10.0 p.m.

I have come to the conclusion, very regretfully, that I must ask the Committee to support the Government in resisting the whole series of these Amendments for exemptions from the general duty. They do not cover a very wide field. Out of 800,000,000 gallons which we are dealing with, only 50,000,000 gallons are for non-road uses. We are now concerned with only one-sixteenth, therefore. If we were to begin giving exemptions, I do not know where the process would end. I am sure that every single demand met or exemption given, even where a hard case was shown, would open the door to another case so closely akin that at once another exemption would have to take a place by its side. So we should move on from point to point, from trade to trade, and from exemption to exemption, until the whole working of this Duty would cease to be the simple proposition that it is now and would become the most intricate matter of exemption and allowance and so forth.

It must be remembered that one of the reasons which the oil companies put forward to justify their charge of an extra penny on the old Petrol Duty was the amount of labour caused by the exemptions which were given in all kinds of directions. We have tried to secure the collection of this tax with the minimum diversion in any direction to private interests, and in order to do that very strict and austere requirements were necessary in excluding anything in the nature of exemptions. I ask myself whether the hardship amounts to such substantial proportions that we ought to abandon these principles. In the main, and so far as this group of industries is concerned, it is only a very small part of the area of the tax and they will, to a large extent, be safeguarded against any unfair incidence of the tax so far as foreign competition is concerned, both by means of the duty on importation and the drawback on exports. That is our intention. For the rest, they are undoubtedly entitled to pass the tax on to the consumer and in one way or another, I have very little doubt, they will be able to do so. There may be some very minor instances where they will not be able to pass the whole of it on to the consumer because of foreign competition, but these instances are all very small and are not to be compared with the grave issues which will arise once we start breaking in on the sanctity and integrity of the tax.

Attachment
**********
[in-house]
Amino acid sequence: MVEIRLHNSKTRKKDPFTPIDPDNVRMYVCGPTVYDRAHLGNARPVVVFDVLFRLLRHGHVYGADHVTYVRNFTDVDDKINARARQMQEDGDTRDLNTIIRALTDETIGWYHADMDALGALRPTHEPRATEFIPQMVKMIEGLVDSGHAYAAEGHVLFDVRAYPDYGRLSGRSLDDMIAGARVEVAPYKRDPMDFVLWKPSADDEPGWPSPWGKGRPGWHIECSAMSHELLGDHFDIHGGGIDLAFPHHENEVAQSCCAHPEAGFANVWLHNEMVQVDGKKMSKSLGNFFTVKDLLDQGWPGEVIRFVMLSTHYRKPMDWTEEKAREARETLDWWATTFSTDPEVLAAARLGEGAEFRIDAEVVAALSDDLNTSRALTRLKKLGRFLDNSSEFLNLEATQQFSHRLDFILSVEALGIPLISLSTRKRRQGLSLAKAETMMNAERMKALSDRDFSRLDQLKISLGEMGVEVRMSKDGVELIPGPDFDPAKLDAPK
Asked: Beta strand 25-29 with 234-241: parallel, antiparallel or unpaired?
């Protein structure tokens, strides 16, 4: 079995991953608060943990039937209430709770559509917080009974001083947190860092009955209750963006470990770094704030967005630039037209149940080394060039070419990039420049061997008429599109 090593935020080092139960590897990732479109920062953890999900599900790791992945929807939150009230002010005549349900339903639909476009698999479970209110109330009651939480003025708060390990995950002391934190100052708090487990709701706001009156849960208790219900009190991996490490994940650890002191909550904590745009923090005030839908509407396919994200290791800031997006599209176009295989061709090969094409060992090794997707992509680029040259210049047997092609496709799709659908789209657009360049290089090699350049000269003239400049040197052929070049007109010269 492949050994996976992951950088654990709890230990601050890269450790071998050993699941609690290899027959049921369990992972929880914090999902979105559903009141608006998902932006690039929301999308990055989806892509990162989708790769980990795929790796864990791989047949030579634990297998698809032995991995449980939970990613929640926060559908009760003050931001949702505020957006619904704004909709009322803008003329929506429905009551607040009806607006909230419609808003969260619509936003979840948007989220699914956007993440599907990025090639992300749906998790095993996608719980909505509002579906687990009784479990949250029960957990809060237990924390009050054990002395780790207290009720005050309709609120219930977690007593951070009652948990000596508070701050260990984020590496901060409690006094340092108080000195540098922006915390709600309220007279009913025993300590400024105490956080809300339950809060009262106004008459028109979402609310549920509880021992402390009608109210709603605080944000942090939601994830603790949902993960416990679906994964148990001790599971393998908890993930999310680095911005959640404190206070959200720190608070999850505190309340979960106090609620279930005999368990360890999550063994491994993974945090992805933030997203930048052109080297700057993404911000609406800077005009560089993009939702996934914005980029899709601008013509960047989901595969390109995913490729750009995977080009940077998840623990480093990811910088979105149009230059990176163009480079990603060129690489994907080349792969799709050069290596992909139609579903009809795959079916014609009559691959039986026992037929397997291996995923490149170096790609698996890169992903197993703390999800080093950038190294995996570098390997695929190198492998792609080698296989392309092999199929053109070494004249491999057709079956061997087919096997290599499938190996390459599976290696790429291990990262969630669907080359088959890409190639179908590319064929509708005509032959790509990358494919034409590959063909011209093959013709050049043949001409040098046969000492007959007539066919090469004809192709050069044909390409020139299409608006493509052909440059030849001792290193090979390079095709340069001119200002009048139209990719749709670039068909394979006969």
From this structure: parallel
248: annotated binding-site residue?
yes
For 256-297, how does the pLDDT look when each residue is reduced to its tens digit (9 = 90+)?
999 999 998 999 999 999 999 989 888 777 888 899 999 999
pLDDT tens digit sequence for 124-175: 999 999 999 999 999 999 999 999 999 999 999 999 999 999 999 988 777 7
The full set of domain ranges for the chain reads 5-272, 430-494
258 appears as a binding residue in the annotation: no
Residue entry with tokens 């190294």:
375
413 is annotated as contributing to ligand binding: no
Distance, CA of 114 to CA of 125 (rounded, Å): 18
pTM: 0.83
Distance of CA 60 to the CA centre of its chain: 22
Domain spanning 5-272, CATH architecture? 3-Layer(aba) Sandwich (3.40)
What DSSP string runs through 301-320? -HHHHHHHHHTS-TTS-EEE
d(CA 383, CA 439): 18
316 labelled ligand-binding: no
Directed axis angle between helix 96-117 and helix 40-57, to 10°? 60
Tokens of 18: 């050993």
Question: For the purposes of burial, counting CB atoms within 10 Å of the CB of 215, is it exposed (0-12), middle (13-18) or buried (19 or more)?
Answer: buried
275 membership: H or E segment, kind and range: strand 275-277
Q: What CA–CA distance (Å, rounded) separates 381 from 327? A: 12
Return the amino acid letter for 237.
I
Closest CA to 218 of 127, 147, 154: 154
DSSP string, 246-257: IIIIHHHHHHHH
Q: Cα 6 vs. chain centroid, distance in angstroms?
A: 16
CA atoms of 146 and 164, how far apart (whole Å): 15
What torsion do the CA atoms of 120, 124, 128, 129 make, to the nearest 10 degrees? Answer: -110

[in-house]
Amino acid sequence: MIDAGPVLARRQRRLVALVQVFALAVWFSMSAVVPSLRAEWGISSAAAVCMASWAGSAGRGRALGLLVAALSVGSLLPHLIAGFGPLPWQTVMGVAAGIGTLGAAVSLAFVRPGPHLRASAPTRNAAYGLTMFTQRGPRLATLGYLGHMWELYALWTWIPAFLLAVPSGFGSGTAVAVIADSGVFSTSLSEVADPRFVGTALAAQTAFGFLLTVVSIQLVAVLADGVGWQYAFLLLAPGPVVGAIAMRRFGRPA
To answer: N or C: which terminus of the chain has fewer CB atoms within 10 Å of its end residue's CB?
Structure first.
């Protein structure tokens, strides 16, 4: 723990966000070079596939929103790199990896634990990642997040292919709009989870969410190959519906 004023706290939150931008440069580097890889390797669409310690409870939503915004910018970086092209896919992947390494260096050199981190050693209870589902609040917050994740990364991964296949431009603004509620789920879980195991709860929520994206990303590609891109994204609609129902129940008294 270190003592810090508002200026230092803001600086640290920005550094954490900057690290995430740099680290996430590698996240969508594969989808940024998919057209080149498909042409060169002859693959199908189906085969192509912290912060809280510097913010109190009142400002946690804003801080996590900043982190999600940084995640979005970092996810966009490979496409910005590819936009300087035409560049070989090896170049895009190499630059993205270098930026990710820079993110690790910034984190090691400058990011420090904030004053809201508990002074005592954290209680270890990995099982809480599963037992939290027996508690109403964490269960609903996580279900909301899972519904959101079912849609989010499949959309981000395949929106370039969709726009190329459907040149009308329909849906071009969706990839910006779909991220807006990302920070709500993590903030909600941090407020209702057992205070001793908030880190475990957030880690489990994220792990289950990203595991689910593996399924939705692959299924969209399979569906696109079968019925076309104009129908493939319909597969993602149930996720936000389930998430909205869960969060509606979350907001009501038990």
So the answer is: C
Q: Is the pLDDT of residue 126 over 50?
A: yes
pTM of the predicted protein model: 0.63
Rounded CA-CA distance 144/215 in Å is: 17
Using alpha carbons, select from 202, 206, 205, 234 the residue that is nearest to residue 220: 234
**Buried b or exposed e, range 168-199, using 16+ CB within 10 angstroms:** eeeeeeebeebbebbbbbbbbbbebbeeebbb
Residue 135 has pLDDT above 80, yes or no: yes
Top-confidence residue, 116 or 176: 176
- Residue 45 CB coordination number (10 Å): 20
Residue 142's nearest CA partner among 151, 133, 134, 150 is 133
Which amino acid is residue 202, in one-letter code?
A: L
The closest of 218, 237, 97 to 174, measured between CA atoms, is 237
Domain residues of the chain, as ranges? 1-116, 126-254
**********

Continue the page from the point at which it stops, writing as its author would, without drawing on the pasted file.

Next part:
Moreover, it must be remembered that there is an off-set to this burden in respect of the rating relief. Some of those concerned showed me figures which were calculated on a pessimistic view of their misfortunes and an equally pessimistic view of what they were going to get in the way of relief. Even on this showing, it will be found that a very considerable off-set, if not a complete off-set in these cases will be afforded by the rating relief. Whether that be so or not, there is no tax which you can impose which does not tread on somebody's toes. Wherever you begin with the imposition of taxation, there are some trades which are affected more than others. Last year, to my great regret, I had to put something extra on tobacco. I had to get that taxation as far as possible from the profits of the tobacco industry, and we are getting the increased revenue without any increase in the cost of cigarettes. Wherever you turn in these matters of taxation, you cannot do anything without its being said that there is a little more imposed on this class than on that class, or a little more on this trade than on that trade, or that you have given some little advantage more here than you have given there.

If you are to proceed upon the basis that you must never give any favour, however small, to a flourishing industry, and you must never inflict any injury, however small, upon any industry which is not prosperous, then you had better buy a large consignment of plaster of Paris in which the House of Commons should ensconce itself. Of course, there is no tax which is not bound in some way or other in its ramifications to cause some anomaly or hardship. So far as this duty is concerned, we are like people in a diving bell; we cannot afford to open a single chink, otherwise the water will rush in and we shall be drowned. In giving the rebate which has been asked for by the hon. Members who moved the Amendment on their paints, their varnishes, or their colours, I have no doubt that I should be drawn into giving a rebate on feeding stuffs, petrol used in dyeing and cleaning, the making of gloves, and so forth, and from that I am sure that I should come up against the fishermen who, apparently, although they use kerosene to drive their boats, use petrol sometimes to start their engines, and I should also be up against the Minister of Agriculture, whose farmers are using a small quantity of petrol in order to get their kerosene-driven tractors into initial activity. If we were to concede any one of these points we should erect a whole complicated system of administration which would vitiate the working of the duty and probably cause a depletion in the Revenue which in the present stringency I am not able to afford.